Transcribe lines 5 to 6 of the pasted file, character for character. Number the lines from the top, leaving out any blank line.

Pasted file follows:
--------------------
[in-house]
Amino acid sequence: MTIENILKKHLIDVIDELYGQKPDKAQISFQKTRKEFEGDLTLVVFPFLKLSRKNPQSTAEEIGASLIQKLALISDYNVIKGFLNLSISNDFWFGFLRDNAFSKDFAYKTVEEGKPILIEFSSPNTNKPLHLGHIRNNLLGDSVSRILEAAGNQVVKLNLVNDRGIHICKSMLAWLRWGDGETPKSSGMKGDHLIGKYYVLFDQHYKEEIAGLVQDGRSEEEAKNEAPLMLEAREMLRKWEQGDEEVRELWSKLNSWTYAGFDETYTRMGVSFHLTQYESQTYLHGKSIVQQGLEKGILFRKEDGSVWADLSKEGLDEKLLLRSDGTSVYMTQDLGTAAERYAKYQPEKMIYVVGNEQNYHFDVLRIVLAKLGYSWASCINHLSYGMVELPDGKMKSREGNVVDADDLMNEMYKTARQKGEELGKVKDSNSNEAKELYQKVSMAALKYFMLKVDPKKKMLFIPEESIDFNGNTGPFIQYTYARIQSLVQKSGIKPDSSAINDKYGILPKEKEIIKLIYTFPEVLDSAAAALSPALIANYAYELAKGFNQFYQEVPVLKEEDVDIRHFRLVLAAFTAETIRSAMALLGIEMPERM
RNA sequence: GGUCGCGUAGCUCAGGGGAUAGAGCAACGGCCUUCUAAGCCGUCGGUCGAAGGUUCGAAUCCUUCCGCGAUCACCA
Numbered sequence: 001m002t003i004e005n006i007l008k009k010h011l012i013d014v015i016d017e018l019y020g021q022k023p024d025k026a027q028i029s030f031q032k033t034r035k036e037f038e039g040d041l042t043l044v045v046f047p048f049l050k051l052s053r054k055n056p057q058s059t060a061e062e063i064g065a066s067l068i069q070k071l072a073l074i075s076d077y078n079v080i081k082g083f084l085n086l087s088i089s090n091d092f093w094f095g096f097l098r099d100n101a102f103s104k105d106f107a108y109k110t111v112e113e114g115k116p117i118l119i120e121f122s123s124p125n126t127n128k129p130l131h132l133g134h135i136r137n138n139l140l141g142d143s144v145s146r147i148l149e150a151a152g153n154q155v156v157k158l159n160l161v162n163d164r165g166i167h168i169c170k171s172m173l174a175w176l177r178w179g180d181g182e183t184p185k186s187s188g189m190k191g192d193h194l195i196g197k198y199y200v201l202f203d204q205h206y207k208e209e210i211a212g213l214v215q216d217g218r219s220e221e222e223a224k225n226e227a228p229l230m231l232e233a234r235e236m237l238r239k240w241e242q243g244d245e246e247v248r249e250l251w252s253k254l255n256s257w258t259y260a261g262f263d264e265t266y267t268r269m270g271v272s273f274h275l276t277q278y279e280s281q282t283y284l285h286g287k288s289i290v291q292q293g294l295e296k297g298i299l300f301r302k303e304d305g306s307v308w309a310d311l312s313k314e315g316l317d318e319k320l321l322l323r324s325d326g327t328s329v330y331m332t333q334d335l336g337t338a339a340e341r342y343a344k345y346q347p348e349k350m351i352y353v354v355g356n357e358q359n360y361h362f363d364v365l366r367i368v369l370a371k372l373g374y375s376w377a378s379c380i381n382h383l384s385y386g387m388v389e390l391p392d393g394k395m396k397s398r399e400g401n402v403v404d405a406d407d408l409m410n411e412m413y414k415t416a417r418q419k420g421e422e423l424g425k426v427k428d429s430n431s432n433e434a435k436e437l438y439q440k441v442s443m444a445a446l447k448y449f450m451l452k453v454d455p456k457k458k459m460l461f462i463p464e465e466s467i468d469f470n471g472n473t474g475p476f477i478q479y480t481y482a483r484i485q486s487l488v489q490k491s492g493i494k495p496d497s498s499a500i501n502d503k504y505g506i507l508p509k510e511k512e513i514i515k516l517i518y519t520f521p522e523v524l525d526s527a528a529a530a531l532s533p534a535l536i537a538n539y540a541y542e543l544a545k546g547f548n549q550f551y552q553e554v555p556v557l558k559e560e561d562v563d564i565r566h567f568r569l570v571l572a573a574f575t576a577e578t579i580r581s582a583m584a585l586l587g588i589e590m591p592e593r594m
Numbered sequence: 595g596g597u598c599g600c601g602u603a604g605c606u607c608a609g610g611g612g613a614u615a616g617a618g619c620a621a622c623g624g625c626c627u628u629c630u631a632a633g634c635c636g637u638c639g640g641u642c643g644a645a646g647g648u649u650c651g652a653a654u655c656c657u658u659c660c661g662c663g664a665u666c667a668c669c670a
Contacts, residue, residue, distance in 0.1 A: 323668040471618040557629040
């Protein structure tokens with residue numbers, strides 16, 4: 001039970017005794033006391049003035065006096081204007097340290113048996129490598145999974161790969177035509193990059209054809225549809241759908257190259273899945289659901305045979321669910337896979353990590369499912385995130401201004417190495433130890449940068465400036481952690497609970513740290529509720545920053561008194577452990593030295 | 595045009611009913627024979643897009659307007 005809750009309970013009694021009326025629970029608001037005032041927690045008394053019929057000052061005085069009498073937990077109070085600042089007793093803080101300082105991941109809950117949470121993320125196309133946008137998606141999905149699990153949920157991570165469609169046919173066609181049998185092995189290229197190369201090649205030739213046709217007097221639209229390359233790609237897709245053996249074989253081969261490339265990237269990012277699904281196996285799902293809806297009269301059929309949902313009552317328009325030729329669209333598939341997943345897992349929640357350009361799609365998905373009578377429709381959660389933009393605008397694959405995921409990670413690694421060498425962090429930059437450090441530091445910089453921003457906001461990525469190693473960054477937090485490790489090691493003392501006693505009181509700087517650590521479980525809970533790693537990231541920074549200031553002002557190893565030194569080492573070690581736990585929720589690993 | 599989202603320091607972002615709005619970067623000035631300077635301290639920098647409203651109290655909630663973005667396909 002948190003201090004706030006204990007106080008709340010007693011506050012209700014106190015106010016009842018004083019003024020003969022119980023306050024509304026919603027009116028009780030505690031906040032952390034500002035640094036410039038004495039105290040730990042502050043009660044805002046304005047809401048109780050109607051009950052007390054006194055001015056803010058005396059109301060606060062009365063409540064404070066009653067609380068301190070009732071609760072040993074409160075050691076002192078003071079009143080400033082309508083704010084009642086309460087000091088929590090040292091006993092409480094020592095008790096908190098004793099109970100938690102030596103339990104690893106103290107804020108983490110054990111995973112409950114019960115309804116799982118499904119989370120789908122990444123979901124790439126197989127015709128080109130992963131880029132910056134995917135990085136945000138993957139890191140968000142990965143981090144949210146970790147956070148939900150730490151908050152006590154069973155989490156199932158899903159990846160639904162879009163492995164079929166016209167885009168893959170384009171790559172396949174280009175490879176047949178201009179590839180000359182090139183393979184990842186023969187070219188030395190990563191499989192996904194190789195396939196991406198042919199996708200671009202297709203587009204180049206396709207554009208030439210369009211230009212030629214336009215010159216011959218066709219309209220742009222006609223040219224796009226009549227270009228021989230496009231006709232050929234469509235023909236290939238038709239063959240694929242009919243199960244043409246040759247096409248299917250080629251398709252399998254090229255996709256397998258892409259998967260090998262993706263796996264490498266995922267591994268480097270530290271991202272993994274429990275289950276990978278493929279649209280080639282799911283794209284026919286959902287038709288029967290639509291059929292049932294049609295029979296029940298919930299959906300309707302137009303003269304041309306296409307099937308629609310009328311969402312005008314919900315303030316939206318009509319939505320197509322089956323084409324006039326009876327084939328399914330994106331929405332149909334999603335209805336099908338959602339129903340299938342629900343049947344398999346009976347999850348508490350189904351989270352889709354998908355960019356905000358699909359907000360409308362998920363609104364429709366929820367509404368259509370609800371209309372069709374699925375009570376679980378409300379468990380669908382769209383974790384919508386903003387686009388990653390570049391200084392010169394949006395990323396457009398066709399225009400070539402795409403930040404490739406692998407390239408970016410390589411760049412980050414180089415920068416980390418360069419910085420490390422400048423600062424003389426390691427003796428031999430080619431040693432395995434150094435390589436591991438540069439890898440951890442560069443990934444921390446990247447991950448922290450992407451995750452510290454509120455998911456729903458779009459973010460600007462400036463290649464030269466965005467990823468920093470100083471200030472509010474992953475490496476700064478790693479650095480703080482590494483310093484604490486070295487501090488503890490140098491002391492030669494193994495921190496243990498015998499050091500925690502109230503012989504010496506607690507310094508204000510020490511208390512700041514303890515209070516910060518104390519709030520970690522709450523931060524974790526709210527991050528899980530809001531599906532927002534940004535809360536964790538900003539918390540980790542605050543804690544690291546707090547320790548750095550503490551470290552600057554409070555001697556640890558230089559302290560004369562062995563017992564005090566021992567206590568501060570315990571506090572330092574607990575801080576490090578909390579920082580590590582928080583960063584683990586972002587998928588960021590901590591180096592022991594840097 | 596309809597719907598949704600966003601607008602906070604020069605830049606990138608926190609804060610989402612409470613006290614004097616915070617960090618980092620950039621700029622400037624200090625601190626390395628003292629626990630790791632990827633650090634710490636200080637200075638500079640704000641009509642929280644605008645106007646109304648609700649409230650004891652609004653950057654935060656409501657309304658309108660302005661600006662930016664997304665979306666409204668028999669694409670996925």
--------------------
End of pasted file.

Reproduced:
Numbered sequence: 595g596g597u598c599g600c601g602u603a604g605c606u607c608a609g610g611g612g613a614u615a616g617a618g619c620a621a622c623g624g625c626c627u628u629c630u631a632a633g634c635c636g637u638c639g640g641u642c643g644a645a646g647g648u649u650c651g652a653a654u655c656c657u658u659c660c661g662c663g664a665u666c667a668c669c670a
Contacts, residue, residue, distance in 0.1 A: 323668040471618040557629040